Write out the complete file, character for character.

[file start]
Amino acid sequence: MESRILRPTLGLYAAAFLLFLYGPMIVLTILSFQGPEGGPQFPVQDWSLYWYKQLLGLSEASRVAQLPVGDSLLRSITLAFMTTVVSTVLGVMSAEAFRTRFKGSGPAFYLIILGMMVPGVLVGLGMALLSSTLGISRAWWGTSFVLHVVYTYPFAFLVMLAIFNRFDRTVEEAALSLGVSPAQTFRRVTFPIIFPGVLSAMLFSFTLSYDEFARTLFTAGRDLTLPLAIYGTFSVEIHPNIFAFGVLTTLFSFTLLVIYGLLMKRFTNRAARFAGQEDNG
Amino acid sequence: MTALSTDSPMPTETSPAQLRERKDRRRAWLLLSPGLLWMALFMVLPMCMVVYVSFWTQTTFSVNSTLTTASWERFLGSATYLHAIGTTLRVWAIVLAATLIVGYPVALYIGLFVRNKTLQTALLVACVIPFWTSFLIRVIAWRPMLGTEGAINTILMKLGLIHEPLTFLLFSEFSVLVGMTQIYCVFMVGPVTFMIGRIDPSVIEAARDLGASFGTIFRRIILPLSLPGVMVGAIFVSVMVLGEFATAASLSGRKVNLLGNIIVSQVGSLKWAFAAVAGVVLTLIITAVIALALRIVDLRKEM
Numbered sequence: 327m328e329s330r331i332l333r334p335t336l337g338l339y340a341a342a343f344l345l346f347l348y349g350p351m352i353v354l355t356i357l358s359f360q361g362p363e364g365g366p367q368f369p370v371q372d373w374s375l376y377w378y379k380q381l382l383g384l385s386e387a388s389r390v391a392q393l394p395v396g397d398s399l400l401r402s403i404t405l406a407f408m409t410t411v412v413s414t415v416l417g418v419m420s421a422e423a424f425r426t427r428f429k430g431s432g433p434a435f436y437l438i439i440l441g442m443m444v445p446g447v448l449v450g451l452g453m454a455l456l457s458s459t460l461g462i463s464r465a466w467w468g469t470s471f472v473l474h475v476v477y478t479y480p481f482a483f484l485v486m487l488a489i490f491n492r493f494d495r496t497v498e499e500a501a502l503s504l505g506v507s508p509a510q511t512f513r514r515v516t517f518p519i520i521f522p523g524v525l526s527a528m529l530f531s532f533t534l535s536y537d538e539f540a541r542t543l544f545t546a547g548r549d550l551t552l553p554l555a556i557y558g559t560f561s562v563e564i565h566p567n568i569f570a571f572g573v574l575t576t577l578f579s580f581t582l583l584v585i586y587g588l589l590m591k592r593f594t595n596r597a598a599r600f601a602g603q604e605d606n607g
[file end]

Amino acid sequence: MESRILRPTLGLYAAAFLLFLYGPMIVLTILSFQGPEGGPQFPVQDWSLYWYKQLLGLSEASRVAQLPVGDSLLRSITLAFMTTVVSTVLGVMSAEAFRTRFKGSGPAFYLIILGMMVPGVLVGLGMALLSSTLGISRAWWGTSFVLHVVYTYPFAFLVMLAIFNRFDRTVEEAALSLGVSPAQTFRRVTFPIIFPGVLSAMLFSFTLSYDEFARTLFTAGRDLTLPLAIYGTFSVEIHPNIFAFGVLTTLFSFTLLVIYGLLMKRFTNRAARFAGQEDNG
Amino acid sequence: MTALSTDSPMPTETSPAQLRERKDRRRAWLLLSPGLLWMALFMVLPMCMVVYVSFWTQTTFSVNSTLTTASWERFLGSATYLHAIGTTLRVWAIVLAATLIVGYPVALYIGLFVRNKTLQTALLVACVIPFWTSFLIRVIAWRPMLGTEGAINTILMKLGLIHEPLTFLLFSEFSVLVGMTQIYCVFMVGPVTFMIGRIDPSVIEAARDLGASFGTIFRRIILPLSLPGVMVGAIFVSVMVLGEFATAASLSGRKVNLLGNIIVSQVGSLKWAFAAVAGVVLTLIITAVIALALRIVDLRKEM
Numbered sequence: 327m328e329s330r331i332l333r334p335t336l337g338l339y340a341a342a343f344l345l346f347l348y349g350p351m352i353v354l355t356i357l358s359f360q361g362p363e364g365g366p367q368f369p370v371q372d373w374s375l376y377w378y379k380q381l382l383g384l385s386e387a388s389r390v391a392q393l394p395v396g397d398s399l400l401r402s403i404t405l406a407f408m409t410t411v412v413s414t415v416l417g418v419m420s421a422e423a424f425r426t427r428f429k430g431s432g433p434a435f436y437l438i439i440l441g442m443m444v445p446g447v448l449v450g451l452g453m454a455l456l457s458s459t460l461g462i463s464r465a466w467w468g469t470s471f472v473l474h475v476v477y478t479y480p481f482a483f484l485v486m487l488a489i490f491n492r493f494d495r496t497v498e499e500a501a502l503s504l505g506v507s508p509a510q511t512f513r514r515v516t517f518p519i520i521f522p523g524v525l526s527a528m529l530f531s532f533t534l535s536y537d538e539f540a541r542t543l544f545t546a547g548r549d550l551t552l553p554l555a556i557y558g559t560f561s562v563e564i565h566p567n568i569f570a571f572g573v574l575t576t577l578f579s580f581t582l583l584v585i586y587g588l589l590m591k592r593f594t595n596r597a598a599r600f601a602g603q604e605d606n607g